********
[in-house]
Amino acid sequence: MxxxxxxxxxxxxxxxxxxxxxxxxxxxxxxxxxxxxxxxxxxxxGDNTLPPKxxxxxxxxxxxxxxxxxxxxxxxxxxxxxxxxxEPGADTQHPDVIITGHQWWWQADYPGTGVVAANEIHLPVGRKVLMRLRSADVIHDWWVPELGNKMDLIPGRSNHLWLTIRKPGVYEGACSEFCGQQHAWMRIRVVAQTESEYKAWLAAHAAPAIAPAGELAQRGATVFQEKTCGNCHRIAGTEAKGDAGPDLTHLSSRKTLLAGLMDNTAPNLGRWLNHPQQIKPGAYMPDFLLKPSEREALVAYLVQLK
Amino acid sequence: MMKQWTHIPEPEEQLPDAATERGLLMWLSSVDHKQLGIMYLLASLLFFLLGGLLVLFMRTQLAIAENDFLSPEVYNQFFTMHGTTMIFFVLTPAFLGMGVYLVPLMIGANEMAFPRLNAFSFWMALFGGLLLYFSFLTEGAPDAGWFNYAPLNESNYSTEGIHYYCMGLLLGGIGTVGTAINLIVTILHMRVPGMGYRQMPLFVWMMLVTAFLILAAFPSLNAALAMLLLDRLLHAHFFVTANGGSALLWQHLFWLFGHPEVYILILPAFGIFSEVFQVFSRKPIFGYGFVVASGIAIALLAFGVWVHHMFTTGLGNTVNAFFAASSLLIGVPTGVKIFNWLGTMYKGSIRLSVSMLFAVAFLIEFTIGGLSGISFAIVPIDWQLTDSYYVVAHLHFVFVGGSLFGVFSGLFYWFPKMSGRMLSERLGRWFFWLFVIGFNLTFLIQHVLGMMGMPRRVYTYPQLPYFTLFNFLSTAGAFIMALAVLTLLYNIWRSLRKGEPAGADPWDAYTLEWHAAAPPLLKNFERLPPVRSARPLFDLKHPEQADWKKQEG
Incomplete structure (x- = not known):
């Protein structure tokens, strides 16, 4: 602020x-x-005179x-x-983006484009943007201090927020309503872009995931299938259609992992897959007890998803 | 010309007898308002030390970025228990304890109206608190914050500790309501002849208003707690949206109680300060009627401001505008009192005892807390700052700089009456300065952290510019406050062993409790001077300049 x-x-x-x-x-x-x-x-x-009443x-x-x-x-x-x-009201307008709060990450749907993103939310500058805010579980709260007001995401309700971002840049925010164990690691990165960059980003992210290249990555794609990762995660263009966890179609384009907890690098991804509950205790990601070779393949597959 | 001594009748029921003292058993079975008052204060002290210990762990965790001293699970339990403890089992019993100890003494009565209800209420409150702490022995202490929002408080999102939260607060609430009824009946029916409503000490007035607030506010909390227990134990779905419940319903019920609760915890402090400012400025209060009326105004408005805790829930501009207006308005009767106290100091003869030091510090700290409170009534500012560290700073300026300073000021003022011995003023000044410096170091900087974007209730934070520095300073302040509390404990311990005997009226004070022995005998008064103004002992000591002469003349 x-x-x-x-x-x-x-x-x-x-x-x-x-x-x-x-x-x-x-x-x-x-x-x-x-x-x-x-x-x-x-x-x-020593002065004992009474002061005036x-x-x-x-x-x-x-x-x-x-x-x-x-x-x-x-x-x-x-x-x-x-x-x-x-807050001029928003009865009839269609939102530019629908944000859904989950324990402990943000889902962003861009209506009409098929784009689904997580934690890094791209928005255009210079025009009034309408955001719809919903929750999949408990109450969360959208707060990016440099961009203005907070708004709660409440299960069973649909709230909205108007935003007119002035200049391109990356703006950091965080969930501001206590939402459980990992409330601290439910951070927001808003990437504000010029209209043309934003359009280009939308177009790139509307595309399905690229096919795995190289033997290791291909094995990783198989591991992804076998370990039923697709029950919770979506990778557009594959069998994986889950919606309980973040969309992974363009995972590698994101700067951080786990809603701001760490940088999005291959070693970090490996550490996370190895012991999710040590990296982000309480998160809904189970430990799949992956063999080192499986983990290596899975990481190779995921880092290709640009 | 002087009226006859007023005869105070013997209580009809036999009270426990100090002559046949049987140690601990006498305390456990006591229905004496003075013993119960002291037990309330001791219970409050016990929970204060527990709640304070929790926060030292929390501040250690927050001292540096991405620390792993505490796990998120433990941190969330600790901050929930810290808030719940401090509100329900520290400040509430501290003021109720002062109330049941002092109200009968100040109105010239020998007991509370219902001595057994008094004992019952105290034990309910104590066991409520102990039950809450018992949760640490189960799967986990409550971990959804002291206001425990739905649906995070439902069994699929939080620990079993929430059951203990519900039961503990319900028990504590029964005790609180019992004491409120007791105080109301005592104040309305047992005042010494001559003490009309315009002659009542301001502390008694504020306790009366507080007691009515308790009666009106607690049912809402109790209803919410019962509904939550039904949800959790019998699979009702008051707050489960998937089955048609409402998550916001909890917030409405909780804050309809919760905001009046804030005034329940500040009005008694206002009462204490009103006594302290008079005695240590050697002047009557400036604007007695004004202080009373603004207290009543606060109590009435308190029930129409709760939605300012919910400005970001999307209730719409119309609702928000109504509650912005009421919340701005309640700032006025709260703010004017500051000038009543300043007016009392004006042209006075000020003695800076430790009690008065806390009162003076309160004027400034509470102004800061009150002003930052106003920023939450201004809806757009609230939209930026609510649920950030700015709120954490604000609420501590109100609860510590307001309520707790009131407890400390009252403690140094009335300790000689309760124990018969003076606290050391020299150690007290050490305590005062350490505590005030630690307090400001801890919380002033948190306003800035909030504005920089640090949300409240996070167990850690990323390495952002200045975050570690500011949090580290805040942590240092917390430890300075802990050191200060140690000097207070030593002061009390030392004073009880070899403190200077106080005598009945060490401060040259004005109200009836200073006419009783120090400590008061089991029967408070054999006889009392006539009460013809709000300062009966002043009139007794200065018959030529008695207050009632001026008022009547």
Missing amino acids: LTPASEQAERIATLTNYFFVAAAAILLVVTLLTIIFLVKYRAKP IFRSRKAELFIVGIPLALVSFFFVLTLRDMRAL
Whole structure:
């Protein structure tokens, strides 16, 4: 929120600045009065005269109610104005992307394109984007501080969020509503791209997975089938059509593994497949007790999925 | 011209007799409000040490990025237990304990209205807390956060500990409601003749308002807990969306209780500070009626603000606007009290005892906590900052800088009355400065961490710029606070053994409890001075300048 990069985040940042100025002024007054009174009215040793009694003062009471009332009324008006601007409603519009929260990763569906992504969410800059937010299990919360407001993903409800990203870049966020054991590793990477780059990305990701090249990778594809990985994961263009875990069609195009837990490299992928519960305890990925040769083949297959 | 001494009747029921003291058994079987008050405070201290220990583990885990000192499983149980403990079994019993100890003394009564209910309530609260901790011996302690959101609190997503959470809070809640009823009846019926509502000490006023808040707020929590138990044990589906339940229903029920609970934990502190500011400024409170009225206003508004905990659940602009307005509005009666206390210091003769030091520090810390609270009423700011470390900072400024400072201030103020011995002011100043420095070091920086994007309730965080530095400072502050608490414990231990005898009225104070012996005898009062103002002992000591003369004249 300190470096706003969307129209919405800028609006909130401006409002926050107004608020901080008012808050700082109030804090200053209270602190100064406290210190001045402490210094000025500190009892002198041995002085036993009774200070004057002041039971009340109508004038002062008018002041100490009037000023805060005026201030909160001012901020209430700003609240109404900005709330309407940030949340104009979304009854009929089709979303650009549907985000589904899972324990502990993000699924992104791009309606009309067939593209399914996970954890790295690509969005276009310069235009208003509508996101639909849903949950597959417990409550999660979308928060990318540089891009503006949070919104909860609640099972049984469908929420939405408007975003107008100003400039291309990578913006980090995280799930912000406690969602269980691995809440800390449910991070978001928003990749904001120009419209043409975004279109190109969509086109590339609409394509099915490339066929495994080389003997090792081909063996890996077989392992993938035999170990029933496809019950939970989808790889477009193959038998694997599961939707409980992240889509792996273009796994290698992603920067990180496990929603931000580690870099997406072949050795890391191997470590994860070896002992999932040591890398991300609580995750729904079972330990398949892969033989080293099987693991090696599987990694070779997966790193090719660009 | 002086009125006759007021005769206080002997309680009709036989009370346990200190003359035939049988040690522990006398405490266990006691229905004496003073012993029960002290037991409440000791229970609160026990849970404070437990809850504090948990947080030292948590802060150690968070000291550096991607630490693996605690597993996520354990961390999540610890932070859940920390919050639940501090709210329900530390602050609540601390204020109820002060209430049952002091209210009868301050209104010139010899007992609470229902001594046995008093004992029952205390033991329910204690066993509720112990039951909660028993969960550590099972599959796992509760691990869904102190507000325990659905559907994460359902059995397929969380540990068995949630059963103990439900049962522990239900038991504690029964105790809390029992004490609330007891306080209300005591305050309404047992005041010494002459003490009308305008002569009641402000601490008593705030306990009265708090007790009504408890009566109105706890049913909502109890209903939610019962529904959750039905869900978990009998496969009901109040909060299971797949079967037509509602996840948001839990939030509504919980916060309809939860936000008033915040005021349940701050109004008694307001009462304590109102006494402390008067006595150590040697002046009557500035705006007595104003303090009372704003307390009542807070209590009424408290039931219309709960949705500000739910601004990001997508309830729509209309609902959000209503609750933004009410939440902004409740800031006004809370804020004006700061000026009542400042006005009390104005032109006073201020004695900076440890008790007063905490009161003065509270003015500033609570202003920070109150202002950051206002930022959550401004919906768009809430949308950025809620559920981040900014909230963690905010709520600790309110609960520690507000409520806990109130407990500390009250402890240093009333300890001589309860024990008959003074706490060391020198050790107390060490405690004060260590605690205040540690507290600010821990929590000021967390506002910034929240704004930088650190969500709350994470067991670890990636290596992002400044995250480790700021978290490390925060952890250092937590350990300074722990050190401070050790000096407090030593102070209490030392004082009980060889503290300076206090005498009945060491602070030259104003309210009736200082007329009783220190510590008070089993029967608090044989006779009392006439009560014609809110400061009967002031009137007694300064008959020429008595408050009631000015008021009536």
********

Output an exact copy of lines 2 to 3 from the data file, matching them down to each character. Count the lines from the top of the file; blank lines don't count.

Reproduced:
Amino acid sequence: MxxxxxxxxxxxxxxxxxxxxxxxxxxxxxxxxxxxxxxxxxxxxGDNTLPPKxxxxxxxxxxxxxxxxxxxxxxxxxxxxxxxxxEPGADTQHPDVIITGHQWWWQADYPGTGVVAANEIHLPVGRKVLMRLRSADVIHDWWVPELGNKMDLIPGRSNHLWLTIRKPGVYEGACSEFCGQQHAWMRIRVVAQTESEYKAWLAAHAAPAIAPAGELAQRGATVFQEKTCGNCHRIAGTEAKGDAGPDLTHLSSRKTLLAGLMDNTAPNLGRWLNHPQQIKPGAYMPDFLLKPSEREALVAYLVQLK
Amino acid sequence: MMKQWTHIPEPEEQLPDAATERGLLMWLSSVDHKQLGIMYLLASLLFFLLGGLLVLFMRTQLAIAENDFLSPEVYNQFFTMHGTTMIFFVLTPAFLGMGVYLVPLMIGANEMAFPRLNAFSFWMALFGGLLLYFSFLTEGAPDAGWFNYAPLNESNYSTEGIHYYCMGLLLGGIGTVGTAINLIVTILHMRVPGMGYRQMPLFVWMMLVTAFLILAAFPSLNAALAMLLLDRLLHAHFFVTANGGSALLWQHLFWLFGHPEVYILILPAFGIFSEVFQVFSRKPIFGYGFVVASGIAIALLAFGVWVHHMFTTGLGNTVNAFFAASSLLIGVPTGVKIFNWLGTMYKGSIRLSVSMLFAVAFLIEFTIGGLSGISFAIVPIDWQLTDSYYVVAHLHFVFVGGSLFGVFSGLFYWFPKMSGRMLSERLGRWFFWLFVIGFNLTFLIQHVLGMMGMPRRVYTYPQLPYFTLFNFLSTAGAFIMALAVLTLLYNIWRSLRKGEPAGADPWDAYTLEWHAAAPPLLKNFERLPPVRSARPLFDLKHPEQADWKKQEG